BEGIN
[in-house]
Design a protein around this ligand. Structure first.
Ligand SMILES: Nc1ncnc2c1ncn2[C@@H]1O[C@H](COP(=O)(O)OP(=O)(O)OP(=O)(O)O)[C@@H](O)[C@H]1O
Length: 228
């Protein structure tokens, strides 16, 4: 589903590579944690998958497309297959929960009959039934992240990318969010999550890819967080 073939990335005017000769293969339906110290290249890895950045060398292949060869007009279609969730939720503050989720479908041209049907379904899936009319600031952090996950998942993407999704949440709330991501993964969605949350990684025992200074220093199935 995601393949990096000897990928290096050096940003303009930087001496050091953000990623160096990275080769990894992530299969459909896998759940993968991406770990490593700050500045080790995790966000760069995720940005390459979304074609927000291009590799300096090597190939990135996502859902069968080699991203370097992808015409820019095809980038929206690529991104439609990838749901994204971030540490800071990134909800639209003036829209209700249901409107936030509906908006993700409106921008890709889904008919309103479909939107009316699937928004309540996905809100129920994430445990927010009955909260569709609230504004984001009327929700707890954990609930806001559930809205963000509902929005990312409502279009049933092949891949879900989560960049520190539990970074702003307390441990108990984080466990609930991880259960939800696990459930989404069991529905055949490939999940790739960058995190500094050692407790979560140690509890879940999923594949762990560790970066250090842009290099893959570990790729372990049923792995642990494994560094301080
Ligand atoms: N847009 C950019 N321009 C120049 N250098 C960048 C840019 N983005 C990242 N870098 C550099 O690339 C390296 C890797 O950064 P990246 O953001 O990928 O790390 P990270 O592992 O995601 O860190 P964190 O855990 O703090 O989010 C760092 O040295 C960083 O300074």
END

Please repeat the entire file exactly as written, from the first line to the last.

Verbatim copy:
[in-house]
Design a protein around this ligand. Structure first.
Ligand SMILES: Nc1ncnc2c1ncn2[C@@H]1O[C@H](COP(=O)(O)OP(=O)(O)OP(=O)(O)O)[C@@H](O)[C@H]1O
Length: 228
């Protein structure tokens, strides 16, 4: 589903590579944690998958497309297959929960009959039934992240990318969010999550890819967080 073939990335005017000769293969339906110290290249890895950045060398292949060869007009279609969730939720503050989720479908041209049907379904899936009319600031952090996950998942993407999704949440709330991501993964969605949350990684025992200074220093199935 995601393949990096000897990928290096050096940003303009930087001496050091953000990623160096990275080769990894992530299969459909896998759940993968991406770990490593700050500045080790995790966000760069995720940005390459979304074609927000291009590799300096090597190939990135996502859902069968080699991203370097992808015409820019095809980038929206690529991104439609990838749901994204971030540490800071990134909800639209003036829209209700249901409107936030509906908006993700409106921008890709889904008919309103479909939107009316699937928004309540996905809100129920994430445990927010009955909260569709609230504004984001009327929700707890954990609930806001559930809205963000509902929005990312409502279009049933092949891949879900989560960049520190539990970074702003307390441990108990984080466990609930991880259960939800696990459930989404069991529905055949490939999940790739960058995190500094050692407790979560140690509890879940999923594949762990560790970066250090842009290099893959570990790729372990049923792995642990494994560094301080
Ligand atoms: N847009 C950019 N321009 C120049 N250098 C960048 C840019 N983005 C990242 N870098 C550099 O690339 C390296 C890797 O950064 P990246 O953001 O990928 O790390 P990270 O592992 O995601 O860190 P964190 O855990 O703090 O989010 C760092 O040295 C960083 O300074």